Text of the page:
Marie Selby Botanical Gardens is growing up.
In the past two years, the Sarasota institution has expanded its membership, introduced museum-style programming and increased revenue by 26%.
“We can no longer accommodate our fantastic visitation, which is good problem to have,” Selby President and CEO Jennifer Rominiecki said. “But we really feel that we need to reckon with being able to park our visitors properly and orienting them and giving them the best possible experience.”
That’s why parking is among the top priorities of a site plan, submitted to the city on Sept. 22, detailing a multi-phase renovation, which includes a five-story garage at Orange Avenue and Mound Street, a new welcome center and conservatory space.
“It’s actually not a parking garage,” Rominiecki said. “It’s a sky garden.”
Rominiecki said she hopes the structure will be on the cutting edge of sustainable design with living walls to showcase the garden’s collections, cisterns for stormwater collection and solar arrays. She said that by consolidating parking vertically, the garden will increase its green space by 50%.
Preliminary plans for the 80-foot structure, which includes a rooftop restaurant, indicate its capacity at 450 vehicles.
“Our idea is it is just a swath of green,” Selby Marketing and Communications Director Mischa Kirby said.
In addition to accommodating visitors, Rominiecki said the plan accounts for the protection of the collections they come to see. The facility offers the world’s best scientifically documented collection of orchids and texts dating back to the 1700s.
“Recently Hurricane Irma really put an exclamation point on this need that we have to safeguard our collections for the future because they are really important to science as a whole,” she said. “We were extremely lucky that the storm was downgraded before it passed through here.
"So, really, what we need to do is put the proper infrastructure in place, and that’s what this site plan will do for us.”
The almost 15-acre property is a mix of residential single-family and multifamily zoning. Selby’s plans call for a rezoning of the parcel to downtown edge, which would allow for increased use of the land.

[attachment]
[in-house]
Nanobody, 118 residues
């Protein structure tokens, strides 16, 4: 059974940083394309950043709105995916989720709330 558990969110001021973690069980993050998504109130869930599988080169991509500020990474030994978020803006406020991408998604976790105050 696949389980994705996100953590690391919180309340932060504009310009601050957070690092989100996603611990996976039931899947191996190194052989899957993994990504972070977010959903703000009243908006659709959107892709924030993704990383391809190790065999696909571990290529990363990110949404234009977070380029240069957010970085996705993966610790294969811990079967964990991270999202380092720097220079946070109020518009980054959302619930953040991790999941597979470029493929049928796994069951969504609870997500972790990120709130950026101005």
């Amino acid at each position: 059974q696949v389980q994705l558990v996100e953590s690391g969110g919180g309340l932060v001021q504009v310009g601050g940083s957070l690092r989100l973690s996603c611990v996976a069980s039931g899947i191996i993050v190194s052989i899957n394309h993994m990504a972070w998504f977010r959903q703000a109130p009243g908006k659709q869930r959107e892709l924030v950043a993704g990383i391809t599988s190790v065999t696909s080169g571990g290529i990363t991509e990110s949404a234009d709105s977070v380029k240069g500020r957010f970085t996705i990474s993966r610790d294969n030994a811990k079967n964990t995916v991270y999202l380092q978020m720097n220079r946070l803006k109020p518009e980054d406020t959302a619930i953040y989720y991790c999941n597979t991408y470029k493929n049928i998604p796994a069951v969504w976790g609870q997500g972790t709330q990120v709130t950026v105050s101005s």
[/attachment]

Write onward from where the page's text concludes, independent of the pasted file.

Marie Selby’s original property accounts for five of the garden’s 15 acres. Over its 40-year history, the gardens have grown to include land along the southernmost portion of Palm Avenue.
“It was originally residential,” Kirby said. “But over 40 years, we’ve grown. This plan kind of acknowledges that history and that growth and continues (Marie Selby’s) tradition of having this little island of green in the middle of town.”
No construction schedule has yet been established. Selby has yet to conduct required public meetings with surrounding neighborhoods and is still in the pre-planning phases with the city of Sarasota.
Early projections estimate the project will cost $67 million. The first phase, estimated at $35 million, will include the parking structure, welcome center and collections area. Phase two will include the greenhouse followed by phase three — the restoration of the historic buildings and rerouting of the garden’s pathways.
Selby estimates the entire renovation will take place over 10 years, but ultimately Rominiecki said the timeline depends on fundraising.
The plan is the latest in a series of adjustments to the facility in the last year, including the introduction of a partnership with Michael’s On East and reintroducing a partnership with the Carefree Learner in light of improvements to the garden’s dock.
But Rominiecki said the plan is not a finale.
“I’m extremely excited,” Rominiecki said “What this master plan does is give us the opportunity to catapult to the forefront of what a botanical garden should be.”